Do You Or Don't you?
By Janine Stichter, PH.D
25 September 2016
Do you or don’t you? Deprive yourself that is.
There are tons of articles and advice about how to make a lasting change.
Some suggest a high degree of discipline- two weeks without sugar and you won’t crave it. Other sources say- don’t deprive yourself, just learn moderation and have a few jellybeans at a time.
Deprivation is an interesting word.
It seems like an easy to understand concept, “the lack or denial of something considered to be a necessity.”
If someone is deprived of love, food, shelter we can all agree that this is deprivation.
All of these things are necessities.
So does that mean nothing else is?
Are sweets a necessity?
What about Grandma’s garlic mash potatoes, or your favorite TV show?
When I ask my clients this question, they always respond, “of course those are not necessities.” I hear this most often when they decide they need to drink less wine during the week, watch less TV or cut back on their spending or eating.
However, this is exactly why these experiences or foods are so hard to give up- they are, indeed necessities.
We all know there are two main parts to the human condition, right?
Physical and emotional.
Food and shelter certainly are necessities for maintaining and growing our physical selves. While our emotional side needs to feel safe, connected to others and valued.
When we only put effort into the physical aspect of our being, the emotional side suffers as well and we are indeed in a state of deprivation.
Therefore, grandma’s garlic mash potatoes and that favorite TV show truly can be necessities.
Let me illustrate further…
Are your taste buds really that strong that they drive the major need to regularly eat Grandma’s garlic mash potatoes? Or is the need that is driven by those mash potatoes representing belonging or value or even safety? Was grandma a key person in your life? When you grew up with her cooking, did that represent times of happiness?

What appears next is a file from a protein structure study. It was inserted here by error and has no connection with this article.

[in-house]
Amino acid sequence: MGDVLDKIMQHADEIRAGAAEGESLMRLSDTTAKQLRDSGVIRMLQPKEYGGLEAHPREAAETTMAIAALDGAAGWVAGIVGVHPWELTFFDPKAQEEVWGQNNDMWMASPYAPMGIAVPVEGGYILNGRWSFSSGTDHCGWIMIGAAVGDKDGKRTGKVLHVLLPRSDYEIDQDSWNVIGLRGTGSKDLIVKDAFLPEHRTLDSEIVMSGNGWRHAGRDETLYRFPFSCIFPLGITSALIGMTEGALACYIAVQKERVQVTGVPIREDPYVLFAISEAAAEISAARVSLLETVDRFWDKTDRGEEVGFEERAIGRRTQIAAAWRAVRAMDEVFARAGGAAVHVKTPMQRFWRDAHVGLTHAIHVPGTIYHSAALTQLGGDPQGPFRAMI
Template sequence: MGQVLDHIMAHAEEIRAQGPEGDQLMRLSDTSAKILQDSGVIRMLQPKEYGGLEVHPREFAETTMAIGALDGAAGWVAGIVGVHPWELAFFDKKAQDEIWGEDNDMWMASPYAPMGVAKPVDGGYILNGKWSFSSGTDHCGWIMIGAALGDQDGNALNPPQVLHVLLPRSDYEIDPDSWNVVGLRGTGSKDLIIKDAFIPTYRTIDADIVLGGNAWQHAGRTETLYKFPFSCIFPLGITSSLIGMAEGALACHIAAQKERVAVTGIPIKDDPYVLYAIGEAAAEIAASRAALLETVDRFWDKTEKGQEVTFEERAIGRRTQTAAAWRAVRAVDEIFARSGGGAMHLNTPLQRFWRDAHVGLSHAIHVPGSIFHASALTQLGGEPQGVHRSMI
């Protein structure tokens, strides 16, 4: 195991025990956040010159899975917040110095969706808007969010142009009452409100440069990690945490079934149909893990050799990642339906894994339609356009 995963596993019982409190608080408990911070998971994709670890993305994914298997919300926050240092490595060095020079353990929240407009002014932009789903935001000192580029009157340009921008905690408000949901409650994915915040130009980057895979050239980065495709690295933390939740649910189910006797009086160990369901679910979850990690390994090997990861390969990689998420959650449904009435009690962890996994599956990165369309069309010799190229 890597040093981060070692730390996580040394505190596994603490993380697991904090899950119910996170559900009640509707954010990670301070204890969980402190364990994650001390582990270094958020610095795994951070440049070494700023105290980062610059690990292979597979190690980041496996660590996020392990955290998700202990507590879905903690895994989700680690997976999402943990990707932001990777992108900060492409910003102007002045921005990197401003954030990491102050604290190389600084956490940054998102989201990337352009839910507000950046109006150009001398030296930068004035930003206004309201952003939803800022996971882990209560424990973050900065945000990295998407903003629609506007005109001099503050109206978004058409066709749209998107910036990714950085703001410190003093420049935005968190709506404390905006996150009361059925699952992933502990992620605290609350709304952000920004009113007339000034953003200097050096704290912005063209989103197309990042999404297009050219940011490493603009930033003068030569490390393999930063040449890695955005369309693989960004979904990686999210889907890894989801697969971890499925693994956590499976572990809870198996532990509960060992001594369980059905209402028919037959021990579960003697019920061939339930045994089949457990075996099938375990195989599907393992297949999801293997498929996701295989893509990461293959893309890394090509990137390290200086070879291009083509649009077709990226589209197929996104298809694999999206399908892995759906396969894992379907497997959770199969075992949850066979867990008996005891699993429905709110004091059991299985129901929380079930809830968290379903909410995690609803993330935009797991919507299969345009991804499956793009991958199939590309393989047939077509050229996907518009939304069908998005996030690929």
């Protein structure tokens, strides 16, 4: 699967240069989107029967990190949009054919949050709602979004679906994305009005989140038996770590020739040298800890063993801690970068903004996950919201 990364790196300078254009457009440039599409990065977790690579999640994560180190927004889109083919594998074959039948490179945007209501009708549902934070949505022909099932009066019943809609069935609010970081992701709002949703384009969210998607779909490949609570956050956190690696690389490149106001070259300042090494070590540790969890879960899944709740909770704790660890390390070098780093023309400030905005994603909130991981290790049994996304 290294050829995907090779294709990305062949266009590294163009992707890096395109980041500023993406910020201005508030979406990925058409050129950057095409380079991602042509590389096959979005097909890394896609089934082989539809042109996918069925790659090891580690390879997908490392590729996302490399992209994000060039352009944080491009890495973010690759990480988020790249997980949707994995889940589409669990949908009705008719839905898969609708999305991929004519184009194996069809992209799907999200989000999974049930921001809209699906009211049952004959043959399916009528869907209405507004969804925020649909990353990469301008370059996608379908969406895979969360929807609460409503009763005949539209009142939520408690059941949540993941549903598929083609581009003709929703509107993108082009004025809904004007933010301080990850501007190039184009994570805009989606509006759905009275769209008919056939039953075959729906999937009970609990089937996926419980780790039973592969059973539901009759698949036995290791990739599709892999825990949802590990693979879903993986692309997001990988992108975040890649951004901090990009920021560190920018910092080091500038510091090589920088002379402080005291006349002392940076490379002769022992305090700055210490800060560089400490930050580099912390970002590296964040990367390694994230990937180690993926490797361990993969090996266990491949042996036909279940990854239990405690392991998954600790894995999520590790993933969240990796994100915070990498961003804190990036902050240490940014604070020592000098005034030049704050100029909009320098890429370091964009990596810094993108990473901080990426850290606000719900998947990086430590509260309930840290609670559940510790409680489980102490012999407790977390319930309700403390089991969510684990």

Are you spending the time on the couch because your roommate or significant other is gone a lot and it’s nice to watch a story and connect with characters in a special show?
Does that wine represent value? You worked hard and can afford it. Does it it represent a sense of being valued for what you do all day?
When we do not ask ourselves these questions, we approach our goals in the wrong way.
We do things like wake up on January 1st of the new year and tell ourselves we won’t drink wine anymore during the week, or we won’t eat any more of our favorite food and that we will get off the couch.
Without understanding the motivation behind these needs we can inadvertently create a sense of emotional deprivation.
A little bit of mindfulness and exploration of what necessity our “excessive behavior” is fulfilling is key to modifying it or replacing it.
If that nice bottle of wine is serving as that, “I worked hard treat,” then what about a really nice carafe that holds one glass at a time? That way you can extend your amazing bottle of wine for the whole week as opposed to finishing the bottle in a night. Every time you pour a little bit of wine into that carafe you can feel special and deserving of something so nice.
If those favorite shows are filling a void of belonging, pick the show that is your favorite and keep it. After that, decide on a book club or sand volleyball league that you can join; or think of a friend or family member you can call to chat or play cards with instead of watching more.
Being in a prolonged state of deprivation is not good for our physical or emotional self.
Through observation and asking yourself some key questions, you can meet your goals without depriving yourself.